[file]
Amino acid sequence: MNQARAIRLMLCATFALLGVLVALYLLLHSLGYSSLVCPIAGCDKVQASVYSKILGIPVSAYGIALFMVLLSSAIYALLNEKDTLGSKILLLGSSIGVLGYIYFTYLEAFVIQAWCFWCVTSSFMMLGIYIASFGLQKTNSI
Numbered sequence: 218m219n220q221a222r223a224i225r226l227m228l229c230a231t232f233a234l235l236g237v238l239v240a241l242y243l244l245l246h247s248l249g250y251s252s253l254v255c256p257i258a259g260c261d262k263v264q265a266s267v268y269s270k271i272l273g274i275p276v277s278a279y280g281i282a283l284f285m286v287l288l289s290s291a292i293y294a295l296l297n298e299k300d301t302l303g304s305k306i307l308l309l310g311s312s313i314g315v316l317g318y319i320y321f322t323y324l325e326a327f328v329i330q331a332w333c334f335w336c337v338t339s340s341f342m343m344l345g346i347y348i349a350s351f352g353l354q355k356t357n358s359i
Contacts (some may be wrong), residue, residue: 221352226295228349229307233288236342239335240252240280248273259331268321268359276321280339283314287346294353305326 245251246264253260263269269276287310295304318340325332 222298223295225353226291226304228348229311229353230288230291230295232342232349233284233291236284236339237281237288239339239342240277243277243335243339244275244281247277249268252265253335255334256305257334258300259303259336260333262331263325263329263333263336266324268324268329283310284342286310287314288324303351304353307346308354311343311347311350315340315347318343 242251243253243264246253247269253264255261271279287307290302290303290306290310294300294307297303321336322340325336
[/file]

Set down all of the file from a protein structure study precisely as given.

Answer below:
Amino acid sequence: MNQARAIRLMLCATFALLGVLVALYLLLHSLGYSSLVCPIAGCDKVQASVYSKILGIPVSAYGIALFMVLLSSAIYALLNEKDTLGSKILLLGSSIGVLGYIYFTYLEAFVIQAWCFWCVTSSFMMLGIYIASFGLQKTNSI
Numbered sequence: 218m219n220q221a222r223a224i225r226l227m228l229c230a231t232f233a234l235l236g237v238l239v240a241l242y243l244l245l246h247s248l249g250y251s252s253l254v255c256p257i258a259g260c261d262k263v264q265a266s267v268y269s270k271i272l273g274i275p276v277s278a279y280g281i282a283l284f285m286v287l288l289s290s291a292i293y294a295l296l297n298e299k300d301t302l303g304s305k306i307l308l309l310g311s312s313i314g315v316l317g318y319i320y321f322t323y324l325e326a327f328v329i330q331a332w333c334f335w336c337v338t339s340s341f342m343m344l345g346i347y348i349a350s351f352g353l354q355k356t357n358s359i
Contacts (some may be wrong), residue, residue: 221352226295228349229307233288236342239335240252240280248273259331268321268359276321280339283314287346294353305326 245251246264253260263269269276287310295304318340325332 222298223295225353226291226304228348229311229353230288230291230295232342232349233284233291236284236339237281237288239339239342240277243277243335243339244275244281247277249268252265253335255334256305257334258300259303259336260333262331263325263329263333263336266324268324268329283310284342286310287314288324303351304353307346308354311343311347311350315340315347318343 242251243253243264246253247269253264255261271279287307290302290303290306290310294300294307297303321336322340325336